Jessica Herndon, film writer for the Associated Press, summed up the career of legendary actress Eleanor Parker perfectly in the lead to her wire obituary tribute: "Eleanor Parker, who was nominated for Academy Awards three times for her portrayals of strong-willed women and played a scheming baroness in 'The Sound of Music,' has died at 91."
Although, I'm not so sure Parker would be all so happy to have "The Sound of Music" used in her final tribute headlines, as you'll see when you read further along in today's column.
According to the wire report, family friend Richard Gale said Parker died Monday morning due to complications from pneumonia.
"She passed away peacefully, surrounded by her children at a medical facility near her home in Palm Springs," Gale said.
Parker was nominated for Oscars in 1950, 1951 and 1955, but saw her career begin to wane in the early 1960s. Her last memorable role came in 1965's "The Sound of Music," in which she played the chilly baroness who loses Christopher Plummer to Julie Andrews.
"Eleanor Parker was and is one of the most beautiful ladies I have ever known," said Plummer, who just turned 84 on Friday, in a statement following news of Parker's passing
"Both as a person and as a beauty. I hardly believe the sad news for I was sure she was enchanted and would live forever."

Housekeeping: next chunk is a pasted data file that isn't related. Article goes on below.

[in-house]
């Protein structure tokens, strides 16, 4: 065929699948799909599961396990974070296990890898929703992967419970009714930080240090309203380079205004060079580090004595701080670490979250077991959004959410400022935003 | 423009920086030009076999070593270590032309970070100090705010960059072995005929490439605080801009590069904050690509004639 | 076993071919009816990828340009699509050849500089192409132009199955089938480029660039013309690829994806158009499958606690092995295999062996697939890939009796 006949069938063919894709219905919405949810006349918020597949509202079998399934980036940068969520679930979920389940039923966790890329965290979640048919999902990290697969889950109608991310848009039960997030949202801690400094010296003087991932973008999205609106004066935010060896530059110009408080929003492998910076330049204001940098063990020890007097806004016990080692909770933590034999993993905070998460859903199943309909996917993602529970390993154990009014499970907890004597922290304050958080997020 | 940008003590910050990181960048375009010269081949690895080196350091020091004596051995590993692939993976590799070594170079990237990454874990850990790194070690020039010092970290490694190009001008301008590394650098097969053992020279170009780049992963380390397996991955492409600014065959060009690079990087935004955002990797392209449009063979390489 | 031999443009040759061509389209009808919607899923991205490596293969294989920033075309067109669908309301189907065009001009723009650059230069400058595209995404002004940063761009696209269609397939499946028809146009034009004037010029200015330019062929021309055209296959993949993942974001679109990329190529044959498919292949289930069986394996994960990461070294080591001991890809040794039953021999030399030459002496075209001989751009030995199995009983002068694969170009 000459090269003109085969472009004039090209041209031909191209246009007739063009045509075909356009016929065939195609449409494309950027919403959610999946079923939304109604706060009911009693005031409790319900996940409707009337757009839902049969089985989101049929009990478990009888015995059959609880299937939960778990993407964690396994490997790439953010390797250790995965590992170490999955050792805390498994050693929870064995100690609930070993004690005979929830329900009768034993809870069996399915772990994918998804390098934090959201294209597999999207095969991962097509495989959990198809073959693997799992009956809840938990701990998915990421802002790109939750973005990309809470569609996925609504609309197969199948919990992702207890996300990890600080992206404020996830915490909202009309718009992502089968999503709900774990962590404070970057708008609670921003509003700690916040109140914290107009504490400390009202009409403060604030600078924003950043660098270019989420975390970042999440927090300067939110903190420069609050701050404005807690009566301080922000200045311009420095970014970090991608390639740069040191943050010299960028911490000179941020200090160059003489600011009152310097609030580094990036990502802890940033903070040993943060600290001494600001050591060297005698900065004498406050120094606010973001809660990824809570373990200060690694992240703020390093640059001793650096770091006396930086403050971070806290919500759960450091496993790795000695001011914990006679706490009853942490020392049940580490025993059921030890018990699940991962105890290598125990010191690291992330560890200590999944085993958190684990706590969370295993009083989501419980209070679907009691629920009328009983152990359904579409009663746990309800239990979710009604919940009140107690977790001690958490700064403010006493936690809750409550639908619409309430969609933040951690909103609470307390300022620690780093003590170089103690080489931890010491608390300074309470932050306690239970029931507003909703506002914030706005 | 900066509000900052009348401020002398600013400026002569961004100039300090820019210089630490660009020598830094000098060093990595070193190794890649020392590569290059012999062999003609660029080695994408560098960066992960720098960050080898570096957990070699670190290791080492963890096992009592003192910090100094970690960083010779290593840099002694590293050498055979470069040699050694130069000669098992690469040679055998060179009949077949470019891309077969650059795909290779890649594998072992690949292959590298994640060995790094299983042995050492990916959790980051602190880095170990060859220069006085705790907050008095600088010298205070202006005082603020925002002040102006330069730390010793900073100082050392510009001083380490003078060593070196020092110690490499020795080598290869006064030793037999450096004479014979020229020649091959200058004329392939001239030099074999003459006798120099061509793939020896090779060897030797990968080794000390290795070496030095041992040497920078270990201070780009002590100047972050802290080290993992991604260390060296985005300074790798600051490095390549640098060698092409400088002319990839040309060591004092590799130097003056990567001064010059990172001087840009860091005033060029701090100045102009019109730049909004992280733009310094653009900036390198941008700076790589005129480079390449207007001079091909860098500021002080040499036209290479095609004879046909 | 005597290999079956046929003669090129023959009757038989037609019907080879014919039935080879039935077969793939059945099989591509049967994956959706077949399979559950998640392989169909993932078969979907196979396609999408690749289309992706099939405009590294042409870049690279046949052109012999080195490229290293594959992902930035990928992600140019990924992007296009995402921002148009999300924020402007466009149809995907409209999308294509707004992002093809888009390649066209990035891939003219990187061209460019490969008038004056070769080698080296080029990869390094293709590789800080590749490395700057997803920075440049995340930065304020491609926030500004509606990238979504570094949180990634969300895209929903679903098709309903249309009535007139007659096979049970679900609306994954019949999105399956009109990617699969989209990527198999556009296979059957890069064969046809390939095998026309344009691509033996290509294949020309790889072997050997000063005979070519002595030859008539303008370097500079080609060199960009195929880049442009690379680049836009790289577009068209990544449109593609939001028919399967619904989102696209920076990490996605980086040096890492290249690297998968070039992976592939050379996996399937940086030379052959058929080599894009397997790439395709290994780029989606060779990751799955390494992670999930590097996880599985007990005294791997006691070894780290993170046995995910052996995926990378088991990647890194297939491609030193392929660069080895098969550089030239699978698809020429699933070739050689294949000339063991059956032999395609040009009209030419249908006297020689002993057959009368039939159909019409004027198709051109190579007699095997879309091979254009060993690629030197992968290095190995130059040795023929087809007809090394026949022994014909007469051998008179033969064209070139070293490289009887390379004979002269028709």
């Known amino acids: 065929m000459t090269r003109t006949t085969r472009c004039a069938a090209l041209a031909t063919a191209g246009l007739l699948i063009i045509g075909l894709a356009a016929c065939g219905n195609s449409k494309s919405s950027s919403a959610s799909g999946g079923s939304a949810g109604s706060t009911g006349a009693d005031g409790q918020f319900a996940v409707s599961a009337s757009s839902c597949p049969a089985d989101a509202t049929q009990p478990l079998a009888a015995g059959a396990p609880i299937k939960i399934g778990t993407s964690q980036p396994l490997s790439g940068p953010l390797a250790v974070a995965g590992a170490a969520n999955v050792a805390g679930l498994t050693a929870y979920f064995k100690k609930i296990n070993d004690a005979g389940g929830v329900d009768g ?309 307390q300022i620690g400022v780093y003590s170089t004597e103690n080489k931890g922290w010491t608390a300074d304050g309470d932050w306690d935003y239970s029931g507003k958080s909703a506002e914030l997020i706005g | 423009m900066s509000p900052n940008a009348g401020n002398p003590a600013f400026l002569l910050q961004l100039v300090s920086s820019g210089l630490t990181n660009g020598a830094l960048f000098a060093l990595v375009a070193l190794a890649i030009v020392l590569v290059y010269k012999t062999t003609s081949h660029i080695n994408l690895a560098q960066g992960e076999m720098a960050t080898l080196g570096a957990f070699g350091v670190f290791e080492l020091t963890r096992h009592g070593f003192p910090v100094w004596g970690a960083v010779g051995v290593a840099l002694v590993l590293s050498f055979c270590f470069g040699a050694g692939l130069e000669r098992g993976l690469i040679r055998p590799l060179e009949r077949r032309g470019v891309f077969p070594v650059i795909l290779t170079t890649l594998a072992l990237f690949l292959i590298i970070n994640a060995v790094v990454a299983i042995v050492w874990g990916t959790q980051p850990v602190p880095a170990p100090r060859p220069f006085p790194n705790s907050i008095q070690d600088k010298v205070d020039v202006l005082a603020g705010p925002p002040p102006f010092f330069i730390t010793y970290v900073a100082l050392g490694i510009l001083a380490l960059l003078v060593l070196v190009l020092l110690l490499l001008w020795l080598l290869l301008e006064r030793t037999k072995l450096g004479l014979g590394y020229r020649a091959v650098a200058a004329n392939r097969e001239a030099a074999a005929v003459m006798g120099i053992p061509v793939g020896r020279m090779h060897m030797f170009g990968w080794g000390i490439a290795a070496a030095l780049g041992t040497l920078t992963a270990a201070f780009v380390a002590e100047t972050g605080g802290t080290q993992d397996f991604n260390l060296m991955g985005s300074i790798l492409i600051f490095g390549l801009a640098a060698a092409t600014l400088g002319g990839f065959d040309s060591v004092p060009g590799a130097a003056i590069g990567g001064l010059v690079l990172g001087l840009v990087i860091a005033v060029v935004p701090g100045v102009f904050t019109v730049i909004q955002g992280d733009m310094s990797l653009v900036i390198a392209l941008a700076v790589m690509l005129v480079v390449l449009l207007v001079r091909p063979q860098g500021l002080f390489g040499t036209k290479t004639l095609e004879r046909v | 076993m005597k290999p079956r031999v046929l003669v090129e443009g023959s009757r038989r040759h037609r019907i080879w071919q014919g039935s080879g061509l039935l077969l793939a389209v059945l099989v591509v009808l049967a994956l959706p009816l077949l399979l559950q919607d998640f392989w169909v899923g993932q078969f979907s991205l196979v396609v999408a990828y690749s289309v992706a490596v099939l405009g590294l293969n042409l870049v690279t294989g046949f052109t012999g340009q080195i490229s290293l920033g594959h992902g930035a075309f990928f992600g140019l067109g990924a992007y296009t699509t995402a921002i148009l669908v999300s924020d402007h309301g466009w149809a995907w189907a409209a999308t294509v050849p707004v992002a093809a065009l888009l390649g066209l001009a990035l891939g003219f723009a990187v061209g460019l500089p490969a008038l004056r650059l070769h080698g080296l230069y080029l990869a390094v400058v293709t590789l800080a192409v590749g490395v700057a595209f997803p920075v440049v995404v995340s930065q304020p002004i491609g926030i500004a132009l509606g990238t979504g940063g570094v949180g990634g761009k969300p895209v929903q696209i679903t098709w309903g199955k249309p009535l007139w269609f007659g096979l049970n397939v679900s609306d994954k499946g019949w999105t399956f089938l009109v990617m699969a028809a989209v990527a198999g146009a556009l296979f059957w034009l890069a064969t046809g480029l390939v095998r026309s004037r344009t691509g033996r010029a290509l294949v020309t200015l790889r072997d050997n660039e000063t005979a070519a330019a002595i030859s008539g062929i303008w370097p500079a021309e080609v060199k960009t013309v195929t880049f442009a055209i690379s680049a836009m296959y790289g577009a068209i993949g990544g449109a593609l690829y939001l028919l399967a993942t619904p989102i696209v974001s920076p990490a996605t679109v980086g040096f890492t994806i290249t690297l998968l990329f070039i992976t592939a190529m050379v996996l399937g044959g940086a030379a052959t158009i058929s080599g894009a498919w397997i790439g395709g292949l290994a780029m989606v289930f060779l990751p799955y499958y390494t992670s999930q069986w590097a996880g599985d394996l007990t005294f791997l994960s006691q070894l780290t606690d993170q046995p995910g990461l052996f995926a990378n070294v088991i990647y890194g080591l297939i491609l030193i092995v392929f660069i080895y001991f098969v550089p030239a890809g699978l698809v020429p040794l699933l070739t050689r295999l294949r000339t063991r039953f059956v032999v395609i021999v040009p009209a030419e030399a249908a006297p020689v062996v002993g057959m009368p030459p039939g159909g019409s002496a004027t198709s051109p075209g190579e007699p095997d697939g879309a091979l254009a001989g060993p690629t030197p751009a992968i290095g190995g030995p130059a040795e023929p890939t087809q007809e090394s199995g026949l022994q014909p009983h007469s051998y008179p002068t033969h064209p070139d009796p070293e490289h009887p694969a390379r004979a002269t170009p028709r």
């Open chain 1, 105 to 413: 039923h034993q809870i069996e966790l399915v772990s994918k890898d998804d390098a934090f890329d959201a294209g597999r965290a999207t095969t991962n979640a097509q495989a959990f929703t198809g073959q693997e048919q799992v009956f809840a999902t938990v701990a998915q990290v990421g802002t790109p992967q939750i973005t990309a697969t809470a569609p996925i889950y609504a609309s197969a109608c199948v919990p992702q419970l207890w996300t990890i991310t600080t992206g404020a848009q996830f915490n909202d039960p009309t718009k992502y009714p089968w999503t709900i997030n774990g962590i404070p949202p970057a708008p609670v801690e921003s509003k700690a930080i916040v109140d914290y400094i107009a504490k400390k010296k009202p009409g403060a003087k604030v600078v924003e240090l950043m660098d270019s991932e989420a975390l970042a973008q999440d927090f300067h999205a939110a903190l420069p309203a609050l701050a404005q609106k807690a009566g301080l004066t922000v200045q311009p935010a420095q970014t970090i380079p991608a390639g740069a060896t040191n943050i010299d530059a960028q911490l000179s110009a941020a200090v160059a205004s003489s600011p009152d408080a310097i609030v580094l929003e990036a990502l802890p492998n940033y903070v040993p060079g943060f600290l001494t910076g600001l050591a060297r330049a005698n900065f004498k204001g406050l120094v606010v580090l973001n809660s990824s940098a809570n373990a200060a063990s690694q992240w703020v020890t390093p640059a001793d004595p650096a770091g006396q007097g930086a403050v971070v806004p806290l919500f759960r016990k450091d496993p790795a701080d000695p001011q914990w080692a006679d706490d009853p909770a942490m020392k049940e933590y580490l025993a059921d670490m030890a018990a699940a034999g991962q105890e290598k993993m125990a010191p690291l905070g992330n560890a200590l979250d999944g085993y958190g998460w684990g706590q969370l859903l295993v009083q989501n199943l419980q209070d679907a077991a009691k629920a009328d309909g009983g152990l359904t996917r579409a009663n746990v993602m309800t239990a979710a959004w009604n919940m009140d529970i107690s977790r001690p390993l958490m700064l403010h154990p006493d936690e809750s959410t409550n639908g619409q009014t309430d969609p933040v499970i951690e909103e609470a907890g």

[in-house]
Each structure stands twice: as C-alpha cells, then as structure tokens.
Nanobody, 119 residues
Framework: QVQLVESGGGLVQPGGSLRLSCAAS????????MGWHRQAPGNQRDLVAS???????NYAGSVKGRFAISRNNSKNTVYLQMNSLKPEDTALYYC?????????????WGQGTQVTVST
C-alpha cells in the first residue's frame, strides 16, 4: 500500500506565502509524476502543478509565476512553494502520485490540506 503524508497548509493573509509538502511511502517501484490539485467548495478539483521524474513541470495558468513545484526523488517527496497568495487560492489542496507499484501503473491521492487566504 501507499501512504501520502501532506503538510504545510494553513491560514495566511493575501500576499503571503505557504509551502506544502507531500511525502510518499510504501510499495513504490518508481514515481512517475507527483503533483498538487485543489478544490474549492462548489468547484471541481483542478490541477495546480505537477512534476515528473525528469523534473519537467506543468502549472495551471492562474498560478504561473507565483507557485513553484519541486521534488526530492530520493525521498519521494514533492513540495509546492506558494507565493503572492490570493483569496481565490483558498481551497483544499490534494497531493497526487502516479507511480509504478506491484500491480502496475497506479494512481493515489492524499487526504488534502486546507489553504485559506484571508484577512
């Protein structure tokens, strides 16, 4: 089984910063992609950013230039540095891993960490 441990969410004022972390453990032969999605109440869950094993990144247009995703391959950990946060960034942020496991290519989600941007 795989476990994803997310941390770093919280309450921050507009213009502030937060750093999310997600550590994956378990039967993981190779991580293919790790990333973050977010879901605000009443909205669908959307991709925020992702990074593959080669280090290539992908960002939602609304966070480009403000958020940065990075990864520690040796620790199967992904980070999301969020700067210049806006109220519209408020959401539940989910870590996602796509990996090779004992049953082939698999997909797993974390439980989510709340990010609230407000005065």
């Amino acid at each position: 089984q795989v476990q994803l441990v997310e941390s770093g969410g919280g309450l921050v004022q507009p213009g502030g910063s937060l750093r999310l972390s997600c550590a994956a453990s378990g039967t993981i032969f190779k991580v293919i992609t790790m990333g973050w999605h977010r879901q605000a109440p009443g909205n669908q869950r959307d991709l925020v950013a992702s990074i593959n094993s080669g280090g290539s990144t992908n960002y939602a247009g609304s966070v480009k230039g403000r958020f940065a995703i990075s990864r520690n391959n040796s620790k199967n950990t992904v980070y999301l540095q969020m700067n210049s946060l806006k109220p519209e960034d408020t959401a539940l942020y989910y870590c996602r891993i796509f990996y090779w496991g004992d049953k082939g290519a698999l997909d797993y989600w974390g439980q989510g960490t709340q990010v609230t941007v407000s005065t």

It's true, as the wire report written by Herndon also alluded, Parker's death comes at a time when "The Sound of Music" is back in the spotlight following NBC's live restaging of the classic musical this month, seen as a ratings smash (although Julie Andrews admitted last week she hadn't watched it). ABC just announced it will air the four-hour original film next Sunday at 6 p.m. Dec. 22.
"I'm primarily a character actress," she said in a 1988 interview, explaining why she never achieved the stardom of so many of her co-stars. "I've portrayed so many diverse individuals on the screen that my own personality never emerged."
She was signed to a contract at Warner Bros., where she played only minor roles until the studio recognized her dramatic depth and cast her as Mildred Rogers in the 1946 remake of "Of Human Bondage."
The Somerset Maugham story had made Bette Davis a star 12 years before. On Parker's first day of filming, she said Davis sent her flowers and a note proclaiming, "I hope Mildred does as much for your career as she did for mine."
Her breakthrough performance came as an inmate in a brutal prison in the 1950 film "Caged." The role brought Parker her first Oscar nomination, for best actress.
Growing up in Cedarville, Ohio, Parker had yearned to be an actress, and when the family moved to Cleveland, she began taking acting lessons and waiting tables to support herself.
Parker's first three marriages ended in divorce: to Navy dentist Fred L. Losse; producer Bert Friedlob, which resulted in three children, Susan, Sharon and Richard; and painter Paul Clemens, with whom she had a son, actor Paul Clemens. Her 1966 marriage to Shubert Theater manager Raymond Hirsch ended with his death in 2001.
The fame accompanying Parker's "Sound of Music" role was "something she came to make peace with" after many years, her son Paul said in his statement to the wire services.
"It was a lovely role, and she was terrific in it," Clemens said. "But it was hardly her greatest role. It was only in the last 10 years of her life that she became glad she had done the film. People of all ages know it."